The Art of Seating: 200 Years of American Design
72202 Little Rock
This exhibition was organized by the Museum of Contemporary Art (MOCA), Jacksonville, and is circulated by International Arts & Artists, Washington, D.C.
For millennia humans have utilized chairs as a form of seating furniture. The oldest surviving chair is that of the ancient Egyptian princess, Sitamun, dating to approximately 1400 BCE (18th Dynasty), and now in the collection of the Cairo Museum. European immigrants to the New World in the seventeenth century brought chairs and a few other forms of furniture with them as they came to America. Once established, they began to make furniture domestically using those European examples as prototypes. It was not until the early nineteenth century, however, that Americans began to manufacture chairs largely free of European influence and in a distinctly American “style.”
The Art of Seating: 200 Years of American Design contains more than forty exceptional examples of American chairs, and is the first comprehensive survey of American chairs to be shown at the Arkansas Arts Center. Hailing from the Jacobsen Collection of American Art in Jacksonville, Florida, the chairs in the exhibition document the rich and varied evolution of American design, illustrate the emergence of new technologies and materials employed in their manufacture, reflect changes in consumer preferences and taste, as well as illustrate social and cultural developments. Designed for function, each of these sculptural works of art possesses a unique story, revealing as much about its own creation as it does our collective national identity.
The earliest chairs in the exhibition, both dating to the first half of the 19th century, are a diminutive Ladderback Doll’s Chair and a similarly styled Rocking Arm Chair designed and made by a Shaker adherent for use in the religious community in New Lebanon, New York. Made of locally procured woods, the chairs reflect a nascent American consciousness which had been widely promoted by the Founding Fathers, who encouraged and stressed the importance of forging a national identity in part through the domestic manufacture of finely crafted goods using native materials and technologies.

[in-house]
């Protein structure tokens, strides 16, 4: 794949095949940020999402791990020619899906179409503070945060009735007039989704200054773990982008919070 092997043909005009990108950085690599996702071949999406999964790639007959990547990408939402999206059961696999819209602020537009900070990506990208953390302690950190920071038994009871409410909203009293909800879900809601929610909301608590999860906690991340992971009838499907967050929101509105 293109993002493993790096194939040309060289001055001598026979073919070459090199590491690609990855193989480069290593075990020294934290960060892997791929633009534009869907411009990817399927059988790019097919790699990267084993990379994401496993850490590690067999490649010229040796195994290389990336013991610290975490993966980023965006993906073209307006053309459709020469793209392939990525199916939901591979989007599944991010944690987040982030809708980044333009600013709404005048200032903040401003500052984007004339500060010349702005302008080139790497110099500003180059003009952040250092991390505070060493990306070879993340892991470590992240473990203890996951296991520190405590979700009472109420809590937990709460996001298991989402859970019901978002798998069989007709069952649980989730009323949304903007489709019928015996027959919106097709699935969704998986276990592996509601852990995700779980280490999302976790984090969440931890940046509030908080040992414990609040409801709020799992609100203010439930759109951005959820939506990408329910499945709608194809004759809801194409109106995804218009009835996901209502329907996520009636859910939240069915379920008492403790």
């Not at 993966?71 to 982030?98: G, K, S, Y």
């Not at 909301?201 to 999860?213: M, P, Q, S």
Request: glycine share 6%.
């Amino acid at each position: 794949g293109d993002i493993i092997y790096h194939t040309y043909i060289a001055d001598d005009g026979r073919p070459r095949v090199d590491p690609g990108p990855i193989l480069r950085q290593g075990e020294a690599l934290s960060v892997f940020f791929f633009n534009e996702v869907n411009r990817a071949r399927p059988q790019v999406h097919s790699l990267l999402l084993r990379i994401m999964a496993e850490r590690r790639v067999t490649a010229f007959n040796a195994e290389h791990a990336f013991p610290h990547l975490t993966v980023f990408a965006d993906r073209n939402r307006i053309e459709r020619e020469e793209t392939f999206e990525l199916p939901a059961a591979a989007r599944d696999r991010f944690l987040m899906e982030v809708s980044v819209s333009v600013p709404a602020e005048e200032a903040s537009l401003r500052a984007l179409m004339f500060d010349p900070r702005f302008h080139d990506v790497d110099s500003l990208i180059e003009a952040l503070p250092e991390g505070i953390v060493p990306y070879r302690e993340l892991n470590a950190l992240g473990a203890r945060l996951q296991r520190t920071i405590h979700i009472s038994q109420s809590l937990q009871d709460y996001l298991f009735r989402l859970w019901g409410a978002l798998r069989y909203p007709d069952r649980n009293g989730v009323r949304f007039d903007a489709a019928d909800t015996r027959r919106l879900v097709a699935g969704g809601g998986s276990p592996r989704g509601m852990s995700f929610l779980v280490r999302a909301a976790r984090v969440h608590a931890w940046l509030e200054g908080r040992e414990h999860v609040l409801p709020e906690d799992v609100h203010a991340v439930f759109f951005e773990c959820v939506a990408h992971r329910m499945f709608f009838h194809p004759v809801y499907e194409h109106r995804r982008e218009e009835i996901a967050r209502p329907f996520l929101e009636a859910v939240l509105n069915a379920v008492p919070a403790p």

The balance of the nineteenth century was a period of rapid growth and profound change for the fledgling Republic. In the decorative arts, particularly furniture, the classical influence of ancient Greece and Rome—popular in the first quarter of the century—gradually gave way to revival styles of past eras, such as the Gothic Revival and Rococo Revival. These revival styles influenced the design and manufacture of seating furniture, which by this time was being made en mass in factories. These factories employed new technologies and materials in their manufacture, such as the use of steam-bent and laminated woods as seen in the exuberantly carved chairs by John Henry Belter.
Made nearly a century later, Charles and Ray Eames’s LCW (Lounge Chair Wood) (c. 1954) is more similar than different to Belter’s Slipper Chair, through their use of laminated and molded woods. Hailed by Time Magazine as the “Chair of the Century,” the LCW was praised for its compact and lightweight design, which appealed to the Baby Boom generation of mid-twentieth century Americans who were looking to outfit their homes and businesses with inexpensive, yet stylish, furnishings.
In contrast to the mass production of the LCW—which is still being produced today by the Herman Miller Furniture Company, a testament to its timeless design—Vivian Beer’s sinuous and sensuous chair, Current (2004), continues the tradition and spirit of the American studio furniture movement, which peaked around 1960, yet remains vibrant today. Its early proponents—Sam Maloof, Wendell Castle, and Jon Brooks, among others—favored the aesthetics of fine craftsmanship by hand over the those made through mass production. Beer’s Current pushes the ever-shifting boundary between craft and design, and of utility and a sculptural work of art. About Current, Beer said, “I wanted this chair to seem as if it had been cut and crushed out of a single sheet of metal. At the same time I wanted it to feel as fast and clean as water in its silhouette with the power of an implied brutal forming in the background. The balance and the trickery are important.”
Through the more than forty chairs in the exhibitions, visitors will learn not only the unique history of each chair, but how they reflect the broader historical, social, economic, political and cultural context in which they were created.
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